The two biggest spenders, California and Texas, combined to acquire a total of $271 million in equipment, but looking at things on a per capita basis helps to show the states that were most enthusiastic about the 1033 Program in more relative terms.
|State||Value of equipment (2010-2020)||Value of equipment per capita|
Tennessee had by far the highest spending considering its population, with police departments in the state acquiring $20 worth of equipment per person. With the exception of Arizona, all the states that rank highly in that metric have per capita police spending that sits well below the U.S. average.
On the flip side, New York came in at a fraction of that amount, acquiring only $1.74 worth of equipment for every person in the state. Of course, it’s worth noting that New York had the highest police expenditure in the country (after Washington DC).
Who got the Goods?
Not surprisingly, state-level law enforcement agencies topped the list. For example, the Arizona Department of Public Safety received multiple airplanes valued at $17 million per unit. California’s highway patrol received the most expensive single item on the list – a $22 million aircraft.
For a more local perspective, here’s a look at the top 20 police departments by value of military equipment acquired:
|Law Enforcement Agency (Exc. state)||State||Value of Equipment Acquired|
|Houston Police Department||TX||$11,682,951|
|Las Vegas Metro Police Department||NV||$8,995,931|
|Washington County Sheriff's Office||TN||$7,501,075|
|Columbus Division of Police||OH||$6,885,949|
|Ventura County Sheriff's Office||CA||$6,605,678|
|Columbus County Sheriff's Office||NC||$6,596,927|
|Sacramento County Sheriff's Department||CA||$6,142,009|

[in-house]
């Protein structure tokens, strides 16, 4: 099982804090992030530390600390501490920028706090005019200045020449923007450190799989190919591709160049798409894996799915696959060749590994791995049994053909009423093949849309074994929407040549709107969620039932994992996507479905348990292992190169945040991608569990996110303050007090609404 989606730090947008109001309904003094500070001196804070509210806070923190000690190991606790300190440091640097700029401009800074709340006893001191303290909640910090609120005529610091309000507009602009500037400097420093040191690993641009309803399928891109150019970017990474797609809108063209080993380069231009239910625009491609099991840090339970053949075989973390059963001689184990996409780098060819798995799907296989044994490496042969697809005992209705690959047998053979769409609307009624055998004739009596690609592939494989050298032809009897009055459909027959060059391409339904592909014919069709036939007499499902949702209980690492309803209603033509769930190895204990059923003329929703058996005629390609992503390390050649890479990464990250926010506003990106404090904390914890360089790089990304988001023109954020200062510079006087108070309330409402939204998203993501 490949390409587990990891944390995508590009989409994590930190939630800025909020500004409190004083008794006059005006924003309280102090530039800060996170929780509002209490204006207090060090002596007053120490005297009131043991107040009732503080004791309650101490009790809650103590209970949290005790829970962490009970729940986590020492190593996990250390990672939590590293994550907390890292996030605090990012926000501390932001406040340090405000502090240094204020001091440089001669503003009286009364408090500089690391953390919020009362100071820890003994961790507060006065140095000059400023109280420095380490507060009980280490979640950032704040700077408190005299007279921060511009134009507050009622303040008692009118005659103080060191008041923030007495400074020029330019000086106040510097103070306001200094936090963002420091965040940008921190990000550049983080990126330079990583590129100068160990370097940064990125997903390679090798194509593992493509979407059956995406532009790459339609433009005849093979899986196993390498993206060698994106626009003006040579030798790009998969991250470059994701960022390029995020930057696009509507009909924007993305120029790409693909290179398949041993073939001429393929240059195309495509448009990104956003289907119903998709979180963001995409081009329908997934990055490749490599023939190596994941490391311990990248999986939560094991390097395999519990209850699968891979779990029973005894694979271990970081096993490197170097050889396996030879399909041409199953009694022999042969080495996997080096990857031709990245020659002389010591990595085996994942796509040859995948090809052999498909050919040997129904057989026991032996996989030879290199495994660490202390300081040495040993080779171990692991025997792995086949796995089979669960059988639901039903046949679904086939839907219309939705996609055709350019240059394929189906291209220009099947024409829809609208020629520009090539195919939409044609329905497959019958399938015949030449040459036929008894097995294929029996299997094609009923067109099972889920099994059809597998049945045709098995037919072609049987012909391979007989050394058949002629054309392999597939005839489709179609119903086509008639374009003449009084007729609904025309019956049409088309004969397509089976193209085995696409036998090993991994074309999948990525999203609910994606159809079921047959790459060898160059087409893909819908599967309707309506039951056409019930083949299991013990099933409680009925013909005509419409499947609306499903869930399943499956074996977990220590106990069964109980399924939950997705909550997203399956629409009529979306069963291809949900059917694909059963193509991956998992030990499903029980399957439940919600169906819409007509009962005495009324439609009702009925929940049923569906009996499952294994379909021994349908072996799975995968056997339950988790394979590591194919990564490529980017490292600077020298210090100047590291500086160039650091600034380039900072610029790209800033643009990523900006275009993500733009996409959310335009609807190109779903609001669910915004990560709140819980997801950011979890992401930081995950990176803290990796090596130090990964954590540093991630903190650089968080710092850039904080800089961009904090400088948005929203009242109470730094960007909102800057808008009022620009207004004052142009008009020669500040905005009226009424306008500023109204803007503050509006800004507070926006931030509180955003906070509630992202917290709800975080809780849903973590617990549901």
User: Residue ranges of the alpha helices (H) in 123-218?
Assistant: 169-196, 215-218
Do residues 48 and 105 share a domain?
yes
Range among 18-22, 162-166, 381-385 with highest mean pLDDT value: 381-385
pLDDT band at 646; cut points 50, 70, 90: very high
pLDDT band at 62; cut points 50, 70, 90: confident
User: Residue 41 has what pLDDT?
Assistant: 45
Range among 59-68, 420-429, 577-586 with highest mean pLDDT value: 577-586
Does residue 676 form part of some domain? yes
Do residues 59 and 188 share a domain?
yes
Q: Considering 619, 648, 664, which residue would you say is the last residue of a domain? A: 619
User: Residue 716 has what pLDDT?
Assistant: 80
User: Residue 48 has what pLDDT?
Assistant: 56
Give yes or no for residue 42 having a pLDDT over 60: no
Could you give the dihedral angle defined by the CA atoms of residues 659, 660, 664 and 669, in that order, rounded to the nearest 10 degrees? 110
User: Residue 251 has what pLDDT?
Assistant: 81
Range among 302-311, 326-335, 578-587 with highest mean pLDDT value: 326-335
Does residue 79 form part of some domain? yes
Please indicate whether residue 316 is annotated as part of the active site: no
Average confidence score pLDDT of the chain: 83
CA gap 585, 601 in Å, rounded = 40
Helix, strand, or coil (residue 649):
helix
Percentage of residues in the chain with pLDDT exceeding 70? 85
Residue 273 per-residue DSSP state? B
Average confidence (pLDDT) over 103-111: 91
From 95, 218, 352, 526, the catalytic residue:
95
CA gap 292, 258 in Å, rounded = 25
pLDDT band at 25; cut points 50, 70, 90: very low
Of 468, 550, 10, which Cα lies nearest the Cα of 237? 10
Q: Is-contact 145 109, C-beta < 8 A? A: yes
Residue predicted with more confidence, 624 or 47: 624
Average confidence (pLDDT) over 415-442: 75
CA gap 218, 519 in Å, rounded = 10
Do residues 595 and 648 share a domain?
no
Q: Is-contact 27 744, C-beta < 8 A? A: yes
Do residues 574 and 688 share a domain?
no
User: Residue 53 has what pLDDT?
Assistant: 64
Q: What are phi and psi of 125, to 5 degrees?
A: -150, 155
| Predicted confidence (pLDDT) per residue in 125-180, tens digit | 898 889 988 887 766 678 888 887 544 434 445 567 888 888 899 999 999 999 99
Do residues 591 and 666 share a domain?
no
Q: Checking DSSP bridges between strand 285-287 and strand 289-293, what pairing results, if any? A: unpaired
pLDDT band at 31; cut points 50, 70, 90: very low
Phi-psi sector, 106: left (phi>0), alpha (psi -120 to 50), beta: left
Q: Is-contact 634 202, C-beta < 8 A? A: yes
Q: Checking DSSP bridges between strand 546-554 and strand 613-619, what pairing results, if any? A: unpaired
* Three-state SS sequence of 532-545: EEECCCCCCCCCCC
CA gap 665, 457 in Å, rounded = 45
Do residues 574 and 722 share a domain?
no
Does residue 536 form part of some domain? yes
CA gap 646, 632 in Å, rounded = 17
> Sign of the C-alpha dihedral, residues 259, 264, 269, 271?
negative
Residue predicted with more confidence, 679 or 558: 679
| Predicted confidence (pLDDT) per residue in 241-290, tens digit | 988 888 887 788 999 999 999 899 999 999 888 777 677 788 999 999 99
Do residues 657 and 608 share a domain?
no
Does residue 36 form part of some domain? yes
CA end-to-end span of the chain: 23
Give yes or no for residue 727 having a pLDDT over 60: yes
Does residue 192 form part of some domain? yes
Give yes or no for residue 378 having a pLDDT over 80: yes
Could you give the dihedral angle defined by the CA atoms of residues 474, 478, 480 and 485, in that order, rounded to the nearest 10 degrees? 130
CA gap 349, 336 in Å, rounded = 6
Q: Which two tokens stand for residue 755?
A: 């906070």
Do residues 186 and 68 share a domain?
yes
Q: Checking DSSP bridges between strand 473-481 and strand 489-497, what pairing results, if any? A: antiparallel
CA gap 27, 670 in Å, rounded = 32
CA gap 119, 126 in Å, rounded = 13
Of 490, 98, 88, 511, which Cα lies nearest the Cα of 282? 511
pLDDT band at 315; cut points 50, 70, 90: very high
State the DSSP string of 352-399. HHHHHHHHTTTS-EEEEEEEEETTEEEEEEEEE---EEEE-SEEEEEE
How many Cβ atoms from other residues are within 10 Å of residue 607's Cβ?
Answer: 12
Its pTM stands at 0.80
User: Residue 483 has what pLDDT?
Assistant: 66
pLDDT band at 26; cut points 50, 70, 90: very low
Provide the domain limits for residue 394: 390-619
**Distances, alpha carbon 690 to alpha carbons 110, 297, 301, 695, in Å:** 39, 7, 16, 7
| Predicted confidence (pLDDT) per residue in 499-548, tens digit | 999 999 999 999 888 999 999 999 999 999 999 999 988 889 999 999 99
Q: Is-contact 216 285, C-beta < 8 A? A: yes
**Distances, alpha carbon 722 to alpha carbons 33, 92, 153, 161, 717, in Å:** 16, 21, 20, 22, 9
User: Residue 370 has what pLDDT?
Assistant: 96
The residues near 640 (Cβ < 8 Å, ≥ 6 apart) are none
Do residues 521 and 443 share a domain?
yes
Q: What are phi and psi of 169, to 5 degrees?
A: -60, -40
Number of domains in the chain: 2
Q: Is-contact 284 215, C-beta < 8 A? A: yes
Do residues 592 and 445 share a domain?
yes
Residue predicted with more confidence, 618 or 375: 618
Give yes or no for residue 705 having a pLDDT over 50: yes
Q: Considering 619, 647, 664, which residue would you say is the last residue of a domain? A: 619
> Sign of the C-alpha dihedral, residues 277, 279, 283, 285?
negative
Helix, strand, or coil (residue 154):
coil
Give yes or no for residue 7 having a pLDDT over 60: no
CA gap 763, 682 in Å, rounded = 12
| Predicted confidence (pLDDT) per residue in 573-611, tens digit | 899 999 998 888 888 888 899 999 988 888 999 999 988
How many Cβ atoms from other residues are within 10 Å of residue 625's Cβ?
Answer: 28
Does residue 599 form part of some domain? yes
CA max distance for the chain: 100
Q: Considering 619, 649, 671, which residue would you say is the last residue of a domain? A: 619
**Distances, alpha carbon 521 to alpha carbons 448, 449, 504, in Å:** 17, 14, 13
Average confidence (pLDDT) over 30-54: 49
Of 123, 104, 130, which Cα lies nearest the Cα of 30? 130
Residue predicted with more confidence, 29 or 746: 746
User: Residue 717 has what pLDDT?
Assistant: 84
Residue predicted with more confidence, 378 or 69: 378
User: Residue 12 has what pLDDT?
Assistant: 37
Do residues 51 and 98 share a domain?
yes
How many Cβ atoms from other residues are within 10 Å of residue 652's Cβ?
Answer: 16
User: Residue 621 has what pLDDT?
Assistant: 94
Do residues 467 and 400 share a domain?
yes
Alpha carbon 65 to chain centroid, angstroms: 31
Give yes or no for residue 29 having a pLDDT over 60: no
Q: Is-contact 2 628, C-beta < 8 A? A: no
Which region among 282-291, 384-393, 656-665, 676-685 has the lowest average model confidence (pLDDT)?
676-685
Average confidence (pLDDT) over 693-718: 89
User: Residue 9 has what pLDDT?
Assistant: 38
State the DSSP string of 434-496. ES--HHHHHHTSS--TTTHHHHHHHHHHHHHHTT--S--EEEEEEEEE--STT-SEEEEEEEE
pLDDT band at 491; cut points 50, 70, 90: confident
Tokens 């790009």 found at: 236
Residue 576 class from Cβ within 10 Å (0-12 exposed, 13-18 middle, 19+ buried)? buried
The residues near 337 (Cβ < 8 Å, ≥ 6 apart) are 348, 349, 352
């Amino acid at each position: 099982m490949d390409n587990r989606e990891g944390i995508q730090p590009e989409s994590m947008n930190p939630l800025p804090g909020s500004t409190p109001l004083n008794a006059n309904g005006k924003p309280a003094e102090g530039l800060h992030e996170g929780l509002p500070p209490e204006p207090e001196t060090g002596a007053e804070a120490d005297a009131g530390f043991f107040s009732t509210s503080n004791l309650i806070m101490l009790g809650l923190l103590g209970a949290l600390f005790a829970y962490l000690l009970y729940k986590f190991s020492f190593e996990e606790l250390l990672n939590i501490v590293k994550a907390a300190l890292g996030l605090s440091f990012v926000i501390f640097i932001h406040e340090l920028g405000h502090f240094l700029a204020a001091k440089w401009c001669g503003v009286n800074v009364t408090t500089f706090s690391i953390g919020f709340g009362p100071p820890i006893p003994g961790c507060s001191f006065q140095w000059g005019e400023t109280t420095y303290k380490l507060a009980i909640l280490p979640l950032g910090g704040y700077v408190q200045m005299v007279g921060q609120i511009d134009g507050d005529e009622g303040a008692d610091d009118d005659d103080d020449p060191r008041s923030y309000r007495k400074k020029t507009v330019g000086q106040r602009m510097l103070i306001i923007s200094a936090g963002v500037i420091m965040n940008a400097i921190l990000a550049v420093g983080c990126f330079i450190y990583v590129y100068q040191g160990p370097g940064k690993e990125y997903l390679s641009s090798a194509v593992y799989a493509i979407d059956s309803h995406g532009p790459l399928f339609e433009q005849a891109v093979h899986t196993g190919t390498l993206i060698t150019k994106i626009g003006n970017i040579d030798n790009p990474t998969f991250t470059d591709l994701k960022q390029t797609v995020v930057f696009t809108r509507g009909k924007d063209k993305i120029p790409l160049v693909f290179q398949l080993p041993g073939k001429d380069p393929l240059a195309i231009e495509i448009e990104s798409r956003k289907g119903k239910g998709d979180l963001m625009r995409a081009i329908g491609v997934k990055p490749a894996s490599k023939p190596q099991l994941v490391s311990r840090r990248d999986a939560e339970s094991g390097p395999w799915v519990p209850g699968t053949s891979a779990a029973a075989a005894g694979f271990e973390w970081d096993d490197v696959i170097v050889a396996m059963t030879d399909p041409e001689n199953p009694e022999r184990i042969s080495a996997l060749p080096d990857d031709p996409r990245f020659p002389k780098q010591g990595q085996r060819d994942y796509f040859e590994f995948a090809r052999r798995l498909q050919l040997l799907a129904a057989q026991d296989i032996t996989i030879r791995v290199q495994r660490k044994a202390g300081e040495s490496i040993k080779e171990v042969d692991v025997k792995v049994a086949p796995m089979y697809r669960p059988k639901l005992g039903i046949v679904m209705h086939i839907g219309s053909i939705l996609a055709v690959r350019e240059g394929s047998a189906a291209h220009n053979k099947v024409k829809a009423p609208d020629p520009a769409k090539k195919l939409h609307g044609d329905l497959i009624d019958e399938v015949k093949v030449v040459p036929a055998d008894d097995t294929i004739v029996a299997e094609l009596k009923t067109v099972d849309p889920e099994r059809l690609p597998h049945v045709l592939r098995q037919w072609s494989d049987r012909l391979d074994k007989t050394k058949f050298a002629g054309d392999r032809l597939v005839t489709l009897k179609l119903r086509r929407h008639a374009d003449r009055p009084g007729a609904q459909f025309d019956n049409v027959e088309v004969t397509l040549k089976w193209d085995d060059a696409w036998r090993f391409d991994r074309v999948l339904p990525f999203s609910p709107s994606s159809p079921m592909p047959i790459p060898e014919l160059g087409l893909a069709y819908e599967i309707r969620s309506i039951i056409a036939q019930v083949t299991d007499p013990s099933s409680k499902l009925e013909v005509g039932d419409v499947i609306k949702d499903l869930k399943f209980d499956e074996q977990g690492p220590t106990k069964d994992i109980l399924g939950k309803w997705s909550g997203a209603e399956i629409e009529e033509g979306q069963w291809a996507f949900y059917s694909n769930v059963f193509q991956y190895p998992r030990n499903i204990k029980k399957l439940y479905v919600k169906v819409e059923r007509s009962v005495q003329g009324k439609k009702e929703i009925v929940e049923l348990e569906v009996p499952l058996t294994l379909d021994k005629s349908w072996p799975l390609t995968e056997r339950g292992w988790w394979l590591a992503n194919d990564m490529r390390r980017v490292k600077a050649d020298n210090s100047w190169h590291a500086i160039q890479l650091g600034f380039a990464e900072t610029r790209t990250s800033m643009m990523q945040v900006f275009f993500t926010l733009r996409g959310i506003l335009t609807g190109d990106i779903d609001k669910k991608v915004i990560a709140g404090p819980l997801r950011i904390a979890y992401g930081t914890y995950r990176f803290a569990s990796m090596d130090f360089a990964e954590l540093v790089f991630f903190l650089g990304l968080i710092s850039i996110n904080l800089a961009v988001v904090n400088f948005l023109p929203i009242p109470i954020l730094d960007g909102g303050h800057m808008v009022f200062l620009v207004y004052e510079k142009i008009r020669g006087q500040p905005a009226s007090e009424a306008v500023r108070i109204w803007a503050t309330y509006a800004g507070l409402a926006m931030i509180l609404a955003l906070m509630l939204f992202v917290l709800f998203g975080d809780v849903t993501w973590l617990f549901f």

|Santa Barbara County Sheriff's Office||CA||$5,902,198|
|Hocking County Sheriff's Office||OH||$5,865,008|
|Jackson Police Department||MS||$5,823,634|
|Orange County Sheriff's Department||CA||$5,802,758|
|Lawrenceburg Police Department||TN||$5,543,166|
|Sherburne County Sheriff's Office||MN||$5,194,238|
|Kirklin Police Department||IN||$5,014,748|
|Los Angeles Country Sheriff's Department||CA||$4,840,970|
|King Country Sheriff's Department||WA||$4,618,686|
|Pinal Country Sheriff's Department||AZ||$4,305,849|
|Martin County Sheriff's Office||FL||$4,179,645|
|Kane County Sheriff's Office||IL||$4,006,465|
|Cottage Grove Police Department||MN||$3,941,606|
On its own, Houston police department received as much as the bottom five states combined. Nearly 400 other police departments also broke the $1 million barrier, and over 2,026 departments around the country received over $100,000 in goods.
The Uses of Corn: Industries Affected by High Corn Prices
Corn has many uses that make modern life possible. This infographic breaks down U.S. corn usage in 2020.
Corn Beyond the Cob
Corn or maize is the second most-produced crop in the world, and it’s more than just a staple in our diets.
From the sweetener in our coffees to the ethanol that powers our vehicles, corn has hundreds of uses. Consequently, high corn prices have a domino effect that can affect many supply chains and possibly even increase the cost of our weekly groceries, especially if they include tortilla chips.
This infographic uses data from the National Corn Growers Association to break down U.S. corn use by segment in 2020, and the products that a bushel of corn can produce.
The Uses of Corn in the U.S.